A Noble Departure
Adrian Noble, artistic director of the Royal Shakespeare Company, announces that he will leave his post in 2003.
The day after the Bard celebrated his 438th birthday, word has come out of Stratford-upon-Avon that the Royal Shakespeare Company will be making a big change next spring: Adrian Noble, artistic director and chief executive of the RSC for more than ten years, will not be renewing his contract after its expiration in March 2003.
"It has been an enormous privilege for me to lead this wonderful organization since 1991," said Noble. "After 22 years with the company it is now time for me to seek new artistic challenges."
News of Noble's decision to step down wasn't entirely a shock; the announcement comes after months of sturm und drang surrounding the RSC. Noble's plans to tear down the longstanding (and outmoded) Royal Shakespeare Theatre in favor of a new "theatre village" aimed at attracting tourists, as well as changes to the RSC touring schedule and the company's increased involvement with commercial theater, have not been well received by the RSC staff or by the theatrical community in general. Indeed, critics have been calling for Noble's resignation for months.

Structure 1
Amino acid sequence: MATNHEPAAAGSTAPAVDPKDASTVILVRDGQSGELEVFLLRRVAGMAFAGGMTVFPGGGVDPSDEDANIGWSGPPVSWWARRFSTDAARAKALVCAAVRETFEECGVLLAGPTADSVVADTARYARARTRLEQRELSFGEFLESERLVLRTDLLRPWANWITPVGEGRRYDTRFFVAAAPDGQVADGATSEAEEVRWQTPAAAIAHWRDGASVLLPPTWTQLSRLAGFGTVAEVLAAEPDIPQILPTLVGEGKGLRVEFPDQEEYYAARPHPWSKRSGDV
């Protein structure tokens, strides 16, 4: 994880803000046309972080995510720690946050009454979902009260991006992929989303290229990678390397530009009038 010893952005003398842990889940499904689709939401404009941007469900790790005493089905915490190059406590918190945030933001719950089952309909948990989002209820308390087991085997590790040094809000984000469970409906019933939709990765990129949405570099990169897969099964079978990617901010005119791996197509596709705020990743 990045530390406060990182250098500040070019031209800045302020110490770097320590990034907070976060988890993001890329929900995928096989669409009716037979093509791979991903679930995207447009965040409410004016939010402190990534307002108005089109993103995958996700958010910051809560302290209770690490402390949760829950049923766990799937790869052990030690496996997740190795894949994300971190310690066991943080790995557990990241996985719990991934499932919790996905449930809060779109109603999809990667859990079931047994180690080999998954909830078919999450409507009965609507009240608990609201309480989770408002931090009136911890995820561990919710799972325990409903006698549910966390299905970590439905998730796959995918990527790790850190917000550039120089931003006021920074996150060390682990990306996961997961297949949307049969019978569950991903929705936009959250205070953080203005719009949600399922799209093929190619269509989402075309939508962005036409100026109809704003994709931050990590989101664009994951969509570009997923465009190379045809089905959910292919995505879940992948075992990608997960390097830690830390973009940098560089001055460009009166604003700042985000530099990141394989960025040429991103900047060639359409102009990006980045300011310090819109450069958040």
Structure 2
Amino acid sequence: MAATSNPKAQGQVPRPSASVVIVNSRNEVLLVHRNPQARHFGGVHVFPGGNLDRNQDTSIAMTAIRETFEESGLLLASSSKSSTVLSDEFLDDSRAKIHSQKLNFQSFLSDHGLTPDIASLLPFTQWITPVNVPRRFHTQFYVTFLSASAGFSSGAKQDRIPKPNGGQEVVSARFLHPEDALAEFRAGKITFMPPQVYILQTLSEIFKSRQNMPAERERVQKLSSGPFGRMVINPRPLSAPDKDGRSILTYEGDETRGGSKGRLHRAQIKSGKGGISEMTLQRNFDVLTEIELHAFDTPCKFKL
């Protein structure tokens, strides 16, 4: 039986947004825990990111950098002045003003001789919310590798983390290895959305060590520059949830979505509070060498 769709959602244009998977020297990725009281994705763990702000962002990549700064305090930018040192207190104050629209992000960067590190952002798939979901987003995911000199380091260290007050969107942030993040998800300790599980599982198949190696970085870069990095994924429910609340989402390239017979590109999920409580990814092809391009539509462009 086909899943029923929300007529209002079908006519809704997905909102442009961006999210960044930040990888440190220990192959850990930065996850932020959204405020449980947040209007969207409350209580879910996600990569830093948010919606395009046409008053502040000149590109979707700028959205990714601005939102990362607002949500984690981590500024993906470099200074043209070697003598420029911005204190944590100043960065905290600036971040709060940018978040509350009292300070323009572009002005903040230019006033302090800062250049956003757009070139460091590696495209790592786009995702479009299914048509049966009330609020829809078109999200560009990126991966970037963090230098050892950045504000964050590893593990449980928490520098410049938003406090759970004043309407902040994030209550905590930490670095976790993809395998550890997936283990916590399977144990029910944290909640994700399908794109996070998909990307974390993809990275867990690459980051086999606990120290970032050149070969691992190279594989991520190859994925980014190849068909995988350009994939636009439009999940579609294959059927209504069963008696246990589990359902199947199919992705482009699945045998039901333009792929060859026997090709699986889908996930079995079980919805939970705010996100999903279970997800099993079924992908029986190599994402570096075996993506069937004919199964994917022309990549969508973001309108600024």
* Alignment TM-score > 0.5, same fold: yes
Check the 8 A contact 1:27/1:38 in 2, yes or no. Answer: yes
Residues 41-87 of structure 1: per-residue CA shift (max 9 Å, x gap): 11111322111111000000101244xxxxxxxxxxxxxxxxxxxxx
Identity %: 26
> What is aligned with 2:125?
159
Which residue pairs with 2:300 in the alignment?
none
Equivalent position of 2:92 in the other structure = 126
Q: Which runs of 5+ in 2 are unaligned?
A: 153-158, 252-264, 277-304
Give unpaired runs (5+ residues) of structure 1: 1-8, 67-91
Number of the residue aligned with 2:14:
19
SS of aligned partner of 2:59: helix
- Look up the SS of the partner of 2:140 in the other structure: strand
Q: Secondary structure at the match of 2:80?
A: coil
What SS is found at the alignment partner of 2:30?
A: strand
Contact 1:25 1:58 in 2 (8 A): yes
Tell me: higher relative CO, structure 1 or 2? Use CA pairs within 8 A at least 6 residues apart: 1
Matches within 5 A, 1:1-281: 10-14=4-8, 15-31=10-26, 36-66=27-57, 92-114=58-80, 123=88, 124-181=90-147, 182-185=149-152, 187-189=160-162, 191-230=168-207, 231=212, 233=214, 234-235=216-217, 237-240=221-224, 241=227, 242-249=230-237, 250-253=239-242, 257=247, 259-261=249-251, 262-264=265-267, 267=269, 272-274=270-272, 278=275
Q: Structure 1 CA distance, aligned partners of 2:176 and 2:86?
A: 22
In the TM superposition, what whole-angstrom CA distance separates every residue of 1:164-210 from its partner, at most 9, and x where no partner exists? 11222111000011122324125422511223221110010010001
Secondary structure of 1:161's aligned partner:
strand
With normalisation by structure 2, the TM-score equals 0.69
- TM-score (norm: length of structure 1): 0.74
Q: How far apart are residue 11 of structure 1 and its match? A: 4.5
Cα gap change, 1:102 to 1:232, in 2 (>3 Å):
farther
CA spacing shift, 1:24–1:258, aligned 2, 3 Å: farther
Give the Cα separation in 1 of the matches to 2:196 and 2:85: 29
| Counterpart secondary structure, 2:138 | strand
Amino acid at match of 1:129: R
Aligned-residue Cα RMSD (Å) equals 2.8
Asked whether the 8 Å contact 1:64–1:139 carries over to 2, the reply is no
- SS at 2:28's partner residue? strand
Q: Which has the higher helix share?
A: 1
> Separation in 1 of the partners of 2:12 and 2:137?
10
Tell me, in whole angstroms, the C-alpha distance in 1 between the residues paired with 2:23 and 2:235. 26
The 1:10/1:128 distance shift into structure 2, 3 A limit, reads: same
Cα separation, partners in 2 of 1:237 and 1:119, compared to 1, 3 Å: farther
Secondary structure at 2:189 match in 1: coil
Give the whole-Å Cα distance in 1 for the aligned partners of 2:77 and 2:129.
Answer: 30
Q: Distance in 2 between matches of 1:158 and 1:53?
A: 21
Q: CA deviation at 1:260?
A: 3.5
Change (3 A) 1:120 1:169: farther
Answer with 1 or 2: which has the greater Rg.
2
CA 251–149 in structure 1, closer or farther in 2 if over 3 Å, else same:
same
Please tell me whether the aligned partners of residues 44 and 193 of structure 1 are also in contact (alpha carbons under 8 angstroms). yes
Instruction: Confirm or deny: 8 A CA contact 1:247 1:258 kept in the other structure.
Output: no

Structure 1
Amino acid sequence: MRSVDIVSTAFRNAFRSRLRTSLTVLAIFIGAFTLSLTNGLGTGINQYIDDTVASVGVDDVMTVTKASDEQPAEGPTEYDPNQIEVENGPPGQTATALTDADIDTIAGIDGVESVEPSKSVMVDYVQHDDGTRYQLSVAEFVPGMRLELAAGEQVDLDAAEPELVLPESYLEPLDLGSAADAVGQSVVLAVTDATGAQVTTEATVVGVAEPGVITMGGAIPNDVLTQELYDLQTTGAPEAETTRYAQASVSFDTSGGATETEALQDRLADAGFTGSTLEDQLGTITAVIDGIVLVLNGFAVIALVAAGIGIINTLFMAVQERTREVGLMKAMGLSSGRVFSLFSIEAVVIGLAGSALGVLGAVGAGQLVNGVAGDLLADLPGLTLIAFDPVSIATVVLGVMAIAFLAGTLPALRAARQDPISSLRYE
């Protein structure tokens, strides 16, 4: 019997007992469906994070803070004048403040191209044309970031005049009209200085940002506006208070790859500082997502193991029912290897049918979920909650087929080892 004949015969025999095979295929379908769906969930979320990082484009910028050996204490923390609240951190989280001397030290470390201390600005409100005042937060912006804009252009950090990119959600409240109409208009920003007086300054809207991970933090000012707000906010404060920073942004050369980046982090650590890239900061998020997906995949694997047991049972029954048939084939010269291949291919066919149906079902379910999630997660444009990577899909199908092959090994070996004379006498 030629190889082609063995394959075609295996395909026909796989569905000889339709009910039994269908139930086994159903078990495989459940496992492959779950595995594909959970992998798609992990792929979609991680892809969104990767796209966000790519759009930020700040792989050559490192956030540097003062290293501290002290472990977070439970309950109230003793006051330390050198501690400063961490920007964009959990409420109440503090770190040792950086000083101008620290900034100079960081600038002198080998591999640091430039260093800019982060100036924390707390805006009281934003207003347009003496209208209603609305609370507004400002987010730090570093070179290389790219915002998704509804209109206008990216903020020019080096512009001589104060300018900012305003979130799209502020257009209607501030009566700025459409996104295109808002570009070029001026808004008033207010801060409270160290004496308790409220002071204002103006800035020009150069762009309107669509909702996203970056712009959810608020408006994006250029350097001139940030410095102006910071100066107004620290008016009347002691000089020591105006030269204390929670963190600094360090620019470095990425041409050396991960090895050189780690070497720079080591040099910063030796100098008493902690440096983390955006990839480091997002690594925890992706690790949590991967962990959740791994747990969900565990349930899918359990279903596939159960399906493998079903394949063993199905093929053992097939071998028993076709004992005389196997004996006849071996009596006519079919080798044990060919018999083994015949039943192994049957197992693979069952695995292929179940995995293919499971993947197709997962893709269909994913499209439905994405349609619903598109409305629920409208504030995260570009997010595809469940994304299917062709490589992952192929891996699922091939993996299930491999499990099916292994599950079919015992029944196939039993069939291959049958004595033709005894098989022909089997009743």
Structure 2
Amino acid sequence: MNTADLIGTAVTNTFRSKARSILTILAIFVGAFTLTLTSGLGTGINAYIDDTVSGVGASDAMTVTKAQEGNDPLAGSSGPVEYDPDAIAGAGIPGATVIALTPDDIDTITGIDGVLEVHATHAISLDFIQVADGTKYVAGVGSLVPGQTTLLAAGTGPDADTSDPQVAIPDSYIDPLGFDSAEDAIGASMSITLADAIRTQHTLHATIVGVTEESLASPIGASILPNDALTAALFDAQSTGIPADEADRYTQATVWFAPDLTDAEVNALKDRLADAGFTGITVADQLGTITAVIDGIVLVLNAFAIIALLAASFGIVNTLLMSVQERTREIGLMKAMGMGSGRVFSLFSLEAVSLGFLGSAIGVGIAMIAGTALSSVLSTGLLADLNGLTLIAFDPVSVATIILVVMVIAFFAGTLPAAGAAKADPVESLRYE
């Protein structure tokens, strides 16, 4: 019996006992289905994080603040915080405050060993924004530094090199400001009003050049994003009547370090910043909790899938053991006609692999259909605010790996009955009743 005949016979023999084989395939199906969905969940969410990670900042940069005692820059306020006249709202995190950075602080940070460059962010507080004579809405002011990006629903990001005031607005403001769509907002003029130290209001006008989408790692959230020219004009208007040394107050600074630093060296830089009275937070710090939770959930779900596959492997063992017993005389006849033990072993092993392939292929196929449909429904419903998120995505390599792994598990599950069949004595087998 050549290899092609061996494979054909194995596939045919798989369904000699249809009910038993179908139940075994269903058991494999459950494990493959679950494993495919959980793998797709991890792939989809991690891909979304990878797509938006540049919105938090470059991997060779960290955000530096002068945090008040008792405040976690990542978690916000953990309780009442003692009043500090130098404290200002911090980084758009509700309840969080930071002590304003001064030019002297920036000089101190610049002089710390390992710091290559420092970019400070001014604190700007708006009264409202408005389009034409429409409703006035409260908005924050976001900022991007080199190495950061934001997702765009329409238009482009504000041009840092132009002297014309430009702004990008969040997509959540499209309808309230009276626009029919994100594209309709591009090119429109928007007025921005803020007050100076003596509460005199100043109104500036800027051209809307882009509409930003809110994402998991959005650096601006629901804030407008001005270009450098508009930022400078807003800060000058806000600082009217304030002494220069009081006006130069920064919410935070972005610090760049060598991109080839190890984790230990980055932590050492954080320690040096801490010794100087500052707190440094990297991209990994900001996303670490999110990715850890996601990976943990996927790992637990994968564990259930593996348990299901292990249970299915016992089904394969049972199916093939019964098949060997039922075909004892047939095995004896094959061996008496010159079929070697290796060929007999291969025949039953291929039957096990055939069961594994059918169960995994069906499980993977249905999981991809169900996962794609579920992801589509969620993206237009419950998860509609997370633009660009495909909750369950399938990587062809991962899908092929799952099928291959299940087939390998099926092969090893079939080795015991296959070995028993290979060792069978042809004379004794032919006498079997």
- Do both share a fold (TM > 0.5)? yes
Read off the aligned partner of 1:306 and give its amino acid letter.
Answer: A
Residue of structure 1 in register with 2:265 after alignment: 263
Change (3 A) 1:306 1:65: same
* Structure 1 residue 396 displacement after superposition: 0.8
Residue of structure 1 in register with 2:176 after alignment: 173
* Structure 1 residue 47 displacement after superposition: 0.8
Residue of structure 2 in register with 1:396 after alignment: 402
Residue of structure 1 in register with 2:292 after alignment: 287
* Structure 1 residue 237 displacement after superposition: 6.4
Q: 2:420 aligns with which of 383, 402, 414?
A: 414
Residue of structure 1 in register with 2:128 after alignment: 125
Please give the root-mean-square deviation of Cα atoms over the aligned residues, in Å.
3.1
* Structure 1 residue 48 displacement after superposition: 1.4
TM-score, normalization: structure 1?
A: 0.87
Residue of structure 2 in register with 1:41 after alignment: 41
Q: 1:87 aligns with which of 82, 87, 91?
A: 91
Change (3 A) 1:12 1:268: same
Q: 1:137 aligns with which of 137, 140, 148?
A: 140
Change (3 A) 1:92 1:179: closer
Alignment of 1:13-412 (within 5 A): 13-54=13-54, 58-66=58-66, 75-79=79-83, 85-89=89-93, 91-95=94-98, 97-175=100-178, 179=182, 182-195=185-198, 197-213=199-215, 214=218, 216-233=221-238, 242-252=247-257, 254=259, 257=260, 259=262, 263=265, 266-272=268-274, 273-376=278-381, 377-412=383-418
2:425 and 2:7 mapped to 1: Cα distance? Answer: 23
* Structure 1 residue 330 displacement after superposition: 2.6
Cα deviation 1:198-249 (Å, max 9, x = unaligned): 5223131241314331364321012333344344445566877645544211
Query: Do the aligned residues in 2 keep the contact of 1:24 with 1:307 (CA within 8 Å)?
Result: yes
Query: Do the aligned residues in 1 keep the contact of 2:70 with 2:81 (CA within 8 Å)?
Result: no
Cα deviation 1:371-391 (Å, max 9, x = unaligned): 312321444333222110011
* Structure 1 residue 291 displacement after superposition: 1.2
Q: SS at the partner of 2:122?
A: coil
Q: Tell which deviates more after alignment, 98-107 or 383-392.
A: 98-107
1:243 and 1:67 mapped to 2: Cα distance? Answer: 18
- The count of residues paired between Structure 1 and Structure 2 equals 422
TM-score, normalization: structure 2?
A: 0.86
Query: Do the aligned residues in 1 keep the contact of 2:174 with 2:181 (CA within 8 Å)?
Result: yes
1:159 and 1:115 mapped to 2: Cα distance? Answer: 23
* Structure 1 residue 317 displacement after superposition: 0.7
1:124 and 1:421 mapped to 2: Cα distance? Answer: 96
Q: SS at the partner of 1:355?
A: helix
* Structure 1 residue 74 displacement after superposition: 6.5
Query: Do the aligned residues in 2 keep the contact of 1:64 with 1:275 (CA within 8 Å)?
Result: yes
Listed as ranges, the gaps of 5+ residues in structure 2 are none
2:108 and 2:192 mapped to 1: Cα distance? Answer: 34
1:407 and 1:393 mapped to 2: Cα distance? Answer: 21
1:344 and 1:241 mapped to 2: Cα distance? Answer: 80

It's a sour end to a largely fruitful relationship. Noble has been with the RSC as a director for over 20 years and has built an impressive reputation with his productions of such classics as King Lear and Hamlet. He has also had successes with children's theater (The Lion, The Witch, and The Wardrobe) and on the West End (The Secret Garden). His latest project, a stage adaptation of the film musical Chitty Chitty Bang Bang, recently opened to glowing reviews and is proving to be a box office triumph.